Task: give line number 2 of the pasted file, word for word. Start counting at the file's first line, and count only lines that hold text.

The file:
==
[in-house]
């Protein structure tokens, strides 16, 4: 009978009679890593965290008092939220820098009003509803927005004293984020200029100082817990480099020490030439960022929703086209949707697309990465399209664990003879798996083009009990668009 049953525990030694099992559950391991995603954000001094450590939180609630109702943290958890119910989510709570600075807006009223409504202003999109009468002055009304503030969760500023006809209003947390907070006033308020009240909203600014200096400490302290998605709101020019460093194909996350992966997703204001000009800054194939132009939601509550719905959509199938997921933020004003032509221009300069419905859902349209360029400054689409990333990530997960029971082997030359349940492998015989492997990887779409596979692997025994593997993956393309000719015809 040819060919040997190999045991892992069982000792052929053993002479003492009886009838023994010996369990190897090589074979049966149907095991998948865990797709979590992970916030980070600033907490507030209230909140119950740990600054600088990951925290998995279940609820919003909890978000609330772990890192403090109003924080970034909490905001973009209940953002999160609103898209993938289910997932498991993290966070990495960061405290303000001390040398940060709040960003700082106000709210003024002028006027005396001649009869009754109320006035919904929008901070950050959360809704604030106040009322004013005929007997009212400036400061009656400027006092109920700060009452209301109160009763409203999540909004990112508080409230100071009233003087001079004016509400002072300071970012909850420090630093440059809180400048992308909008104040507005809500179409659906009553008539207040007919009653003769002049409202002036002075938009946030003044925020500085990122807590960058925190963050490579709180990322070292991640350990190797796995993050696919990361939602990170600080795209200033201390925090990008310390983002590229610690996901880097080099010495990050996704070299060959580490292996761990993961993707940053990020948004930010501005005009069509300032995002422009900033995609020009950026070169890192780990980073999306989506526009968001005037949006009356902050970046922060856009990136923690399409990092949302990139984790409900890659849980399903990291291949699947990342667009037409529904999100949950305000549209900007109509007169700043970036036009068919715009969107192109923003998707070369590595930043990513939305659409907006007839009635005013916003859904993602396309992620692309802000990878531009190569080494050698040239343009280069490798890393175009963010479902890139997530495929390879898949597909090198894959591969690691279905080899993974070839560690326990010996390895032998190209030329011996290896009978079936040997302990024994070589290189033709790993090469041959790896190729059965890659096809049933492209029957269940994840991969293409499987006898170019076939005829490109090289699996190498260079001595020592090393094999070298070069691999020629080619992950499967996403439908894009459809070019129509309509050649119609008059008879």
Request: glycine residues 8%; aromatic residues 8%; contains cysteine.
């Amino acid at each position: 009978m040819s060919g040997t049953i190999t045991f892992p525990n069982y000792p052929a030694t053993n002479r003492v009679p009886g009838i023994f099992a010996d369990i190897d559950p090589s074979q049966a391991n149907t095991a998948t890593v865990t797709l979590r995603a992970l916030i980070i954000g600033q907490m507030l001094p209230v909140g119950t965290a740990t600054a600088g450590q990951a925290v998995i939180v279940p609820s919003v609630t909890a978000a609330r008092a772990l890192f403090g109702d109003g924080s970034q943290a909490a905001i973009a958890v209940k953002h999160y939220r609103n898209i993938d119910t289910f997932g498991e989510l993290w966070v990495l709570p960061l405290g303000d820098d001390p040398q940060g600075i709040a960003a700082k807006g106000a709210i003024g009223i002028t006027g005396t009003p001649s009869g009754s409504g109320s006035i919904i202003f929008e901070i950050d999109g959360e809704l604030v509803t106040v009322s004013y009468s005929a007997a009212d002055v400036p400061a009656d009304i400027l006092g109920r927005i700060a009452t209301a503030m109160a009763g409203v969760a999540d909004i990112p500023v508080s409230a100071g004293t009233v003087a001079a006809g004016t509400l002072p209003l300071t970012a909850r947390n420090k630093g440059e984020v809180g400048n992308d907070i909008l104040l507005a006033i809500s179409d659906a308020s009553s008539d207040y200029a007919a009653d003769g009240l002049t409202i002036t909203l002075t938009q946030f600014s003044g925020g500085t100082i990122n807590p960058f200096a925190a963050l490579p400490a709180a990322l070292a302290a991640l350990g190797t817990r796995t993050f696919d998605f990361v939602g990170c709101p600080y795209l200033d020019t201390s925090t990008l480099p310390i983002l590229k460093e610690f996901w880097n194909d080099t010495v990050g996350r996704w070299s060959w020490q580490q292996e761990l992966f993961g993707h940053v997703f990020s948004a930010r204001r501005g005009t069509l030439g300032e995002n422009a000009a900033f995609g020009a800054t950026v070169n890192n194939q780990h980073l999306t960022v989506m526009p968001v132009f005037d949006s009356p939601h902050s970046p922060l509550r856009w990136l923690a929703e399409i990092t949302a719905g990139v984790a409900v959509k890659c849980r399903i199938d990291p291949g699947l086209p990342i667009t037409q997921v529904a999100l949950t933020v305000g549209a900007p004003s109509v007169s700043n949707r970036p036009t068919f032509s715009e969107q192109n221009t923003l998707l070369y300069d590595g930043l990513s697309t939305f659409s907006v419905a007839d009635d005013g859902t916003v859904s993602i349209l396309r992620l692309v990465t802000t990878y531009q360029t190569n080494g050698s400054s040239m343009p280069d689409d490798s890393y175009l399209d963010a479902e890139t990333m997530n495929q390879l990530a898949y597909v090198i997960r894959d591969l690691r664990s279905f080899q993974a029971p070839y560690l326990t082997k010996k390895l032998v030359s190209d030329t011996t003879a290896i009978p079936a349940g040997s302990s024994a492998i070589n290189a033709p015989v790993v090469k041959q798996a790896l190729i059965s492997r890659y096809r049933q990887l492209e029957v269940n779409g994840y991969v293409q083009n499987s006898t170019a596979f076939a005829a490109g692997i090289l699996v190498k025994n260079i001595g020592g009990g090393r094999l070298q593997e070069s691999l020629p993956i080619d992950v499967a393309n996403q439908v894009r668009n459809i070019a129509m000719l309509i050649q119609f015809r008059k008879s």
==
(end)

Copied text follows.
């Protein structure tokens, strides 16, 4: 009978009679890593965290008092939220820098009003509803927005004293984020200029100082817990480099020490030439960022929703086209949707697309990465399209664990003879798996083009009990668009 049953525990030694099992559950391991995603954000001094450590939180609630109702943290958890119910989510709570600075807006009223409504202003999109009468002055009304503030969760500023006809209003947390907070006033308020009240909203600014200096400490302290998605709101020019460093194909996350992966997703204001000009800054194939132009939601509550719905959509199938997921933020004003032509221009300069419905859902349209360029400054689409990333990530997960029971082997030359349940492998015989492997990887779409596979692997025994593997993956393309000719015809 040819060919040997190999045991892992069982000792052929053993002479003492009886009838023994010996369990190897090589074979049966149907095991998948865990797709979590992970916030980070600033907490507030209230909140119950740990600054600088990951925290998995279940609820919003909890978000609330772990890192403090109003924080970034909490905001973009209940953002999160609103898209993938289910997932498991993290966070990495960061405290303000001390040398940060709040960003700082106000709210003024002028006027005396001649009869009754109320006035919904929008901070950050959360809704604030106040009322004013005929007997009212400036400061009656400027006092109920700060009452209301109160009763409203999540909004990112508080409230100071009233003087001079004016509400002072300071970012909850420090630093440059809180400048992308909008104040507005809500179409659906009553008539207040007919009653003769002049409202002036002075938009946030003044925020500085990122807590960058925190963050490579709180990322070292991640350990190797796995993050696919990361939602990170600080795209200033201390925090990008310390983002590229610690996901880097080099010495990050996704070299060959580490292996761990993961993707940053990020948004930010501005005009069509300032995002422009900033995609020009950026070169890192780990980073999306989506526009968001005037949006009356902050970046922060856009990136923690399409990092949302990139984790409900890659849980399903990291291949699947990342667009037409529904999100949950305000549209900007109509007169700043970036036009068919715009969107192109923003998707070369590595930043990513939305659409907006007839009635005013916003859904993602396309992620692309802000990878531009190569080494050698040239343009280069490798890393175009963010479902890139997530495929390879898949597909090198894959591969690691279905080899993974070839560690326990010996390895032998190209030329011996290896009978079936040997302990024994070589290189033709790993090469041959790896190729059965890659096809049933492209029957269940994840991969293409499987006898170019076939005829490109090289699996190498260079001595020592090393094999070298070069691999020629080619992950499967996403439908894009459809070019129509309509050649119609008059008879």